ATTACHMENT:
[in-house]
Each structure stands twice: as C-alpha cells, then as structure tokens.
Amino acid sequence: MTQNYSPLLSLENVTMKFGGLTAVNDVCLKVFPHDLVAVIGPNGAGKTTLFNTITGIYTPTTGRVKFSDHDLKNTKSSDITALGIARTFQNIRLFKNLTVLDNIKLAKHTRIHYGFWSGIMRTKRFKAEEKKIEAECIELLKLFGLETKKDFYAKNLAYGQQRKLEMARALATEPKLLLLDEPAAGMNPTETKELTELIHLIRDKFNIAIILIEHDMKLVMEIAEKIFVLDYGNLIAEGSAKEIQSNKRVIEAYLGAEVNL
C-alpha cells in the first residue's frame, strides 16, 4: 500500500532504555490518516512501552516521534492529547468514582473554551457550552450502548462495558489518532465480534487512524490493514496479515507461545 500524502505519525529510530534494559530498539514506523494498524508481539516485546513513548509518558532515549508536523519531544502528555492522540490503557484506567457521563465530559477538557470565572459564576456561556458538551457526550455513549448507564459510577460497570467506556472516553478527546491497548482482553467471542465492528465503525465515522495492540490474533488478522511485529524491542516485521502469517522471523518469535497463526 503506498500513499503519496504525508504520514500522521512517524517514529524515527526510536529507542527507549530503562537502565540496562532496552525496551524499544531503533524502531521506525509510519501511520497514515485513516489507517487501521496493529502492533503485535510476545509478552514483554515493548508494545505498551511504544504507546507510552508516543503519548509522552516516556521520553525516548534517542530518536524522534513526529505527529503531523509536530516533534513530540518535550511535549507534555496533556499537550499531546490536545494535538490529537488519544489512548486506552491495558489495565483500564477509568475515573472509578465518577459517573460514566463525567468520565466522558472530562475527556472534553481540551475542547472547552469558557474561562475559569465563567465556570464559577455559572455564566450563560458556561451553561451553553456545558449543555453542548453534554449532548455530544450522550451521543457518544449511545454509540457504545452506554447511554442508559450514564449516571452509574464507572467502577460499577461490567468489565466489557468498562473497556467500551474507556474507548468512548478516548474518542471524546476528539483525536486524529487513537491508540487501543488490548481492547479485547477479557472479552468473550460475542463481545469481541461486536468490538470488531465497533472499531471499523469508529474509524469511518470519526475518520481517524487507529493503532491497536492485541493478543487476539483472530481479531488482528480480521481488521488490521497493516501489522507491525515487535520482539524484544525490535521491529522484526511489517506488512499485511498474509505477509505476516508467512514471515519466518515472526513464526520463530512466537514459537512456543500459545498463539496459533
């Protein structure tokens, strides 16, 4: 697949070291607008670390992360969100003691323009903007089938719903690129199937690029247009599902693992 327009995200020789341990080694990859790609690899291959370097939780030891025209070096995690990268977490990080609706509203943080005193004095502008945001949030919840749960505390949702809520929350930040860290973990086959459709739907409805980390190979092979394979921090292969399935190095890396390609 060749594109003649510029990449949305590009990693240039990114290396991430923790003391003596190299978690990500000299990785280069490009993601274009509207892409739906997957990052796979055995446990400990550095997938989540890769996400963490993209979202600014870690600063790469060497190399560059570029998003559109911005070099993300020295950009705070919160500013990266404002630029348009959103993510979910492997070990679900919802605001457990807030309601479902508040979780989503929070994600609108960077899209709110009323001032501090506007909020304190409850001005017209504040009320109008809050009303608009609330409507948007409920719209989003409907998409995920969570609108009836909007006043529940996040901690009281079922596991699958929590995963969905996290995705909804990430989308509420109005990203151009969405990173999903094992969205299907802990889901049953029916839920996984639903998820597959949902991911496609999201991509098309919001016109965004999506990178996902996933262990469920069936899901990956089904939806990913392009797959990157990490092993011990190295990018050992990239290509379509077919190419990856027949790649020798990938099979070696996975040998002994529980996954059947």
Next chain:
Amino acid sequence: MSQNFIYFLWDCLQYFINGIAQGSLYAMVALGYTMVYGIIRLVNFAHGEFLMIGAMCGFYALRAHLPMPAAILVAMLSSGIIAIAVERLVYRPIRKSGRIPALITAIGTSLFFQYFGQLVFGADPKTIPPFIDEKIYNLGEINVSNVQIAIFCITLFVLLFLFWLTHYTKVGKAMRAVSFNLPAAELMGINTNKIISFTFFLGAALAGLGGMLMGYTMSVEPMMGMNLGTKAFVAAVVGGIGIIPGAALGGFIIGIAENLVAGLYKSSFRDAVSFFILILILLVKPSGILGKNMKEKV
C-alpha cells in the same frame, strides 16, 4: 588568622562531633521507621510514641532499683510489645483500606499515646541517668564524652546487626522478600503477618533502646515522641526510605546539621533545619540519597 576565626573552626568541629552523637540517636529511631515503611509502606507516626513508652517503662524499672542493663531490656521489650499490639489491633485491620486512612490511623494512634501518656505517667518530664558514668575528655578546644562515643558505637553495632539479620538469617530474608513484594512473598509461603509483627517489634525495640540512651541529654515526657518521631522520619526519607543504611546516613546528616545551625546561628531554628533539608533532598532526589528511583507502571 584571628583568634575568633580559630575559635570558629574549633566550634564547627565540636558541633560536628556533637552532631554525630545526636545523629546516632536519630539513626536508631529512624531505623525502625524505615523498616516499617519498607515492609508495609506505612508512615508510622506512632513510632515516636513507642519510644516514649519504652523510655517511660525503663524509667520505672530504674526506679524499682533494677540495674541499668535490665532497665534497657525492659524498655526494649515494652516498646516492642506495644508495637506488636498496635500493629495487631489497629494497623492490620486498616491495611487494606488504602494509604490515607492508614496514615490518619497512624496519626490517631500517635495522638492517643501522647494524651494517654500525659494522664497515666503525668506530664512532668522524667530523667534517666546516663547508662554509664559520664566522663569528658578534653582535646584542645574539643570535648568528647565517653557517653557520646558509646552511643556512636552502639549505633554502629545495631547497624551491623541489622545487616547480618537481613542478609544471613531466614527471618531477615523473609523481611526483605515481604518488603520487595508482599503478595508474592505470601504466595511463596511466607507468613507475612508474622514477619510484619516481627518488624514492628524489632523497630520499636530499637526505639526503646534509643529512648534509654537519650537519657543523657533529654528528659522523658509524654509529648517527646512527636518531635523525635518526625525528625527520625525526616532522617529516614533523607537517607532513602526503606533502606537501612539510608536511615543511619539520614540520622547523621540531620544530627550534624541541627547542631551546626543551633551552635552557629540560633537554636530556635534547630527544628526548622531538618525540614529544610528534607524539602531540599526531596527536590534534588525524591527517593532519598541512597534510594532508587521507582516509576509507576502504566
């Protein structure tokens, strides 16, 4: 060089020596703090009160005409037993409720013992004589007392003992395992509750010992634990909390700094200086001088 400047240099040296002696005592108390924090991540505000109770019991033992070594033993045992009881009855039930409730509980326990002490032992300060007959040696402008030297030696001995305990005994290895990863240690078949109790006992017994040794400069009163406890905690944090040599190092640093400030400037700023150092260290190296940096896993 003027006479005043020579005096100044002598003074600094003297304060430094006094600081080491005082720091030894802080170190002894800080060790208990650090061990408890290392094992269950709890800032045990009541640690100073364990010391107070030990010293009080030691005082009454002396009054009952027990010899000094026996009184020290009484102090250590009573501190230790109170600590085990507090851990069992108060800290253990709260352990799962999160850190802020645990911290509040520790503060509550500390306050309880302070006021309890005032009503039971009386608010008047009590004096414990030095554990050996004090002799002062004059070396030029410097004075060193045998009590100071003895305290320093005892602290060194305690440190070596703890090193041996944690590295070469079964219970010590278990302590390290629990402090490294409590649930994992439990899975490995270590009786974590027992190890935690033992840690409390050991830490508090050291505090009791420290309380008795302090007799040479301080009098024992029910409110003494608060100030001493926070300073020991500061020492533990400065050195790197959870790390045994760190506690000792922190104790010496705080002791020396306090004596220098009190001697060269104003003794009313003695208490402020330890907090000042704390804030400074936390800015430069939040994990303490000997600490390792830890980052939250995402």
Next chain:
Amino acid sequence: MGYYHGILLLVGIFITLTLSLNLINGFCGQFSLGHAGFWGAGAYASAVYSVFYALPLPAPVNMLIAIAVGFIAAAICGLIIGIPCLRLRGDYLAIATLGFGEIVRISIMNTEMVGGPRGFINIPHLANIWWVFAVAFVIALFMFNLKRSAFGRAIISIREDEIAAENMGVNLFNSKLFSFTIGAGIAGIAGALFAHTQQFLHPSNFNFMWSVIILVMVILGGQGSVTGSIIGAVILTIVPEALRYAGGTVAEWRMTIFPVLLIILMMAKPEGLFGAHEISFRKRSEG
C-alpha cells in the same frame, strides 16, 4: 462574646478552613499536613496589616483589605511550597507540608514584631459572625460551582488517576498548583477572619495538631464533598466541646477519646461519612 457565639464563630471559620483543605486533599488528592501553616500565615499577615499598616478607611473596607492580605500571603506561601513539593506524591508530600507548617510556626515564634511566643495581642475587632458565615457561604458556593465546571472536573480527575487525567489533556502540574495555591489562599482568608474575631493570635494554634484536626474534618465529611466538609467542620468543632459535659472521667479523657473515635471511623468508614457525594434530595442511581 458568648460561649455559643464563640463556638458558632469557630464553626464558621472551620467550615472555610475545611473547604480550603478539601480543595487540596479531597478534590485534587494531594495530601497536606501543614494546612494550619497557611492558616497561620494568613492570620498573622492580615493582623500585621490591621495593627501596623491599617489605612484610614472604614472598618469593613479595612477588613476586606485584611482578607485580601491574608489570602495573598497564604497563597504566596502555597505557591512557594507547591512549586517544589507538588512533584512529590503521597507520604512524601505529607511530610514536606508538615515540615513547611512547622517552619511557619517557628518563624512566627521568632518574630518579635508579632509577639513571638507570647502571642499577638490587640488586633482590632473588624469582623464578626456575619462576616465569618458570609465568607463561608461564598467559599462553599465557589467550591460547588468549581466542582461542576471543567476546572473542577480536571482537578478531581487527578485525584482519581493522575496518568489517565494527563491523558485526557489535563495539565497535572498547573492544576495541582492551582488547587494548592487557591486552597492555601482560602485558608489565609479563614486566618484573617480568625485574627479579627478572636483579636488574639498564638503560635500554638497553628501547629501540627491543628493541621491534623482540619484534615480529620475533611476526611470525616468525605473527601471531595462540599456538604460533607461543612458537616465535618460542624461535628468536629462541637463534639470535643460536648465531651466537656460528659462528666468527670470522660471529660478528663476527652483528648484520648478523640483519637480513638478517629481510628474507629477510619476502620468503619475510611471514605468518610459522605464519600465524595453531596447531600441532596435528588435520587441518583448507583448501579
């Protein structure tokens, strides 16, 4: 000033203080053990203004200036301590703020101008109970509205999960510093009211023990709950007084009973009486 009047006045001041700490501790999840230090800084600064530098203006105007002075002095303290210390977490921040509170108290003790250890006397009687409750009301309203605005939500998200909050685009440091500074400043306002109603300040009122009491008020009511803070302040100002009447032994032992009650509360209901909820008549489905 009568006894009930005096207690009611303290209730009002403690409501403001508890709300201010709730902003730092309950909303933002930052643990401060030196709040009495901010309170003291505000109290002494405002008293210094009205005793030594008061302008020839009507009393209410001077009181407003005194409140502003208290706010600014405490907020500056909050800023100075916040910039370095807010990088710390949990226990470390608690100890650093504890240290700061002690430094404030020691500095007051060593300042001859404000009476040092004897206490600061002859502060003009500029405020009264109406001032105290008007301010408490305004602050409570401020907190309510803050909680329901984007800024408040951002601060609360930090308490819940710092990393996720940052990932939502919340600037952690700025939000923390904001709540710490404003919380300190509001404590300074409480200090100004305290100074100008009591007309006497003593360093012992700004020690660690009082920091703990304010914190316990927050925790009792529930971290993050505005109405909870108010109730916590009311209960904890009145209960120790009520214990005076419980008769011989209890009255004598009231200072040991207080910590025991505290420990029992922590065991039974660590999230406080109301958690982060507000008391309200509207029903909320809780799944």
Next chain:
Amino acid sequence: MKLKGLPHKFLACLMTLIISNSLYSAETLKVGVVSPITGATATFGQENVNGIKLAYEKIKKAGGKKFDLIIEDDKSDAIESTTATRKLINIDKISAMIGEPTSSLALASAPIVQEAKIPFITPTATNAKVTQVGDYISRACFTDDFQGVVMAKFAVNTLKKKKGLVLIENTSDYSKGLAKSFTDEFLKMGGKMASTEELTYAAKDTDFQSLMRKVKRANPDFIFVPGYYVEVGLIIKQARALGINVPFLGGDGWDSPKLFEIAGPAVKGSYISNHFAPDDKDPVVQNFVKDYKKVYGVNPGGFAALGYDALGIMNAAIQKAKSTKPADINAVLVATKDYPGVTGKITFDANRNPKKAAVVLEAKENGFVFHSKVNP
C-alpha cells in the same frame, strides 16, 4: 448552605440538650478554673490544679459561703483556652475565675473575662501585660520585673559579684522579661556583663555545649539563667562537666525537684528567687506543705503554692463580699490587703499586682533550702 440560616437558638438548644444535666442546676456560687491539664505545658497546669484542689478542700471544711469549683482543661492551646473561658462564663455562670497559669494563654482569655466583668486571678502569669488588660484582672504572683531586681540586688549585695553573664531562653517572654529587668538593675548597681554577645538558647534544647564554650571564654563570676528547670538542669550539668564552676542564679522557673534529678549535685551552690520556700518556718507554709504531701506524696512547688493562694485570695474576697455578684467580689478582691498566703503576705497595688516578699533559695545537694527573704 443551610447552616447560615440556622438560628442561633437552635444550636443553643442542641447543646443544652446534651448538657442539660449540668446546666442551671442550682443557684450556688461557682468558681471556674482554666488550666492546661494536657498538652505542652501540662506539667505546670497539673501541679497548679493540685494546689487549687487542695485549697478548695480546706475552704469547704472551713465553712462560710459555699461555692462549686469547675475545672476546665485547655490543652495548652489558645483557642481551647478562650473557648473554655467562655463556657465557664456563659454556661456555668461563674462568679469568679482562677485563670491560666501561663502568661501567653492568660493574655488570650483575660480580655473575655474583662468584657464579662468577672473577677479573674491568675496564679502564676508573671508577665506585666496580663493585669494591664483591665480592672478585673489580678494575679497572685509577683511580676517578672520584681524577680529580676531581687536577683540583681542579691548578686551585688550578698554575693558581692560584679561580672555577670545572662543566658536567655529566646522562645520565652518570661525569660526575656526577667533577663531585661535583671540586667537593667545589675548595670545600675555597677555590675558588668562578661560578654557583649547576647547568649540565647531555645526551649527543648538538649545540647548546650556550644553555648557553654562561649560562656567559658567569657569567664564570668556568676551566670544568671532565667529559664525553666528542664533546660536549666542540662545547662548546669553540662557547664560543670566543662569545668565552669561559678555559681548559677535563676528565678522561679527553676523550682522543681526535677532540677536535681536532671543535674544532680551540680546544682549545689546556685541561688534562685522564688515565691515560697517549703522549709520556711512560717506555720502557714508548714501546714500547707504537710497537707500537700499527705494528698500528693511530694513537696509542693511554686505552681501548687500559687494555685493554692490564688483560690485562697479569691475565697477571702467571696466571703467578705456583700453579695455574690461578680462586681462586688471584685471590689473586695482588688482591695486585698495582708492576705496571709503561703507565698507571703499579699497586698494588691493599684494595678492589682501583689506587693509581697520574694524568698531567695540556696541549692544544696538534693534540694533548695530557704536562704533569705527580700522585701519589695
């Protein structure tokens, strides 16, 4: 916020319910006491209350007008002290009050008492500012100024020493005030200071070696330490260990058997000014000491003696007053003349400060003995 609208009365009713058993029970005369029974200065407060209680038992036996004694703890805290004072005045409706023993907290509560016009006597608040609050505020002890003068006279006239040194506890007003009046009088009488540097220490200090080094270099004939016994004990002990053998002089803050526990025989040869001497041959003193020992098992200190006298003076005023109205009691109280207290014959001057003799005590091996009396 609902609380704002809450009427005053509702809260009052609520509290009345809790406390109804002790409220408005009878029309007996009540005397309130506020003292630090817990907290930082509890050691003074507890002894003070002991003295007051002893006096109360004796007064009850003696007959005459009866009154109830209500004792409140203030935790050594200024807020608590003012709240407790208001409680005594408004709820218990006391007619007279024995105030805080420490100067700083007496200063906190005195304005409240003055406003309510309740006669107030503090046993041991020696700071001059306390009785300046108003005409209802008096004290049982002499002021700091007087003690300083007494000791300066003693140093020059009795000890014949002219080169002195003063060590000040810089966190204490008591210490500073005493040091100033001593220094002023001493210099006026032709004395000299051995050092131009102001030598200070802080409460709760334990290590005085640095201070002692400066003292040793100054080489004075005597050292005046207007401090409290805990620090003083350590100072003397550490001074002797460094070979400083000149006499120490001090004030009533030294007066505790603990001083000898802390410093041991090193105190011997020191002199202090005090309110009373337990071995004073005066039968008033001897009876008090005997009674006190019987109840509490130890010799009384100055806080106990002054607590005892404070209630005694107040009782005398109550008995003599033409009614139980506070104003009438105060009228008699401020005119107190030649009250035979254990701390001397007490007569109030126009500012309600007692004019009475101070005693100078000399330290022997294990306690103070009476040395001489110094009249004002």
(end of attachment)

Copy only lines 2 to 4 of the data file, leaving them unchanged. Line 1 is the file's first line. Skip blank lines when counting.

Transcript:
Each structure stands twice: as C-alpha cells, then as structure tokens.
Amino acid sequence: MTQNYSPLLSLENVTMKFGGLTAVNDVCLKVFPHDLVAVIGPNGAGKTTLFNTITGIYTPTTGRVKFSDHDLKNTKSSDITALGIARTFQNIRLFKNLTVLDNIKLAKHTRIHYGFWSGIMRTKRFKAEEKKIEAECIELLKLFGLETKKDFYAKNLAYGQQRKLEMARALATEPKLLLLDEPAAGMNPTETKELTELIHLIRDKFNIAIILIEHDMKLVMEIAEKIFVLDYGNLIAEGSAKEIQSNKRVIEAYLGAEVNL
C-alpha cells in the first residue's frame, strides 16, 4: 500500500532504555490518516512501552516521534492529547468514582473554551457550552450502548462495558489518532465480534487512524490493514496479515507461545 500524502505519525529510530534494559530498539514506523494498524508481539516485546513513548509518558532515549508536523519531544502528555492522540490503557484506567457521563465530559477538557470565572459564576456561556458538551457526550455513549448507564459510577460497570467506556472516553478527546491497548482482553467471542465492528465503525465515522495492540490474533488478522511485529524491542516485521502469517522471523518469535497463526 503506498500513499503519496504525508504520514500522521512517524517514529524515527526510536529507542527507549530503562537502565540496562532496552525496551524499544531503533524502531521506525509510519501511520497514515485513516489507517487501521496493529502492533503485535510476545509478552514483554515493548508494545505498551511504544504507546507510552508516543503519548509522552516516556521520553525516548534517542530518536524522534513526529505527529503531523509536530516533534513530540518535550511535549507534555496533556499537550499531546490536545494535538490529537488519544489512548486506552491495558489495565483500564477509568475515573472509578465518577459517573460514566463525567468520565466522558472530562475527556472534553481540551475542547472547552469558557474561562475559569465563567465556570464559577455559572455564566450563560458556561451553561451553553456545558449543555453542548453534554449532548455530544450522550451521543457518544449511545454509540457504545452506554447511554442508559450514564449516571452509574464507572467502577460499577461490567468489565466489557468498562473497556467500551474507556474507548468512548478516548474518542471524546476528539483525536486524529487513537491508540487501543488490548481492547479485547477479557472479552468473550460475542463481545469481541461486536468490538470488531465497533472499531471499523469508529474509524469511518470519526475518520481517524487507529493503532491497536492485541493478543487476539483472530481479531488482528480480521481488521488490521497493516501489522507491525515487535520482539524484544525490535521491529522484526511489517506488512499485511498474509505477509505476516508467512514471515519466518515472526513464526520463530512466537514459537512456543500459545498463539496459533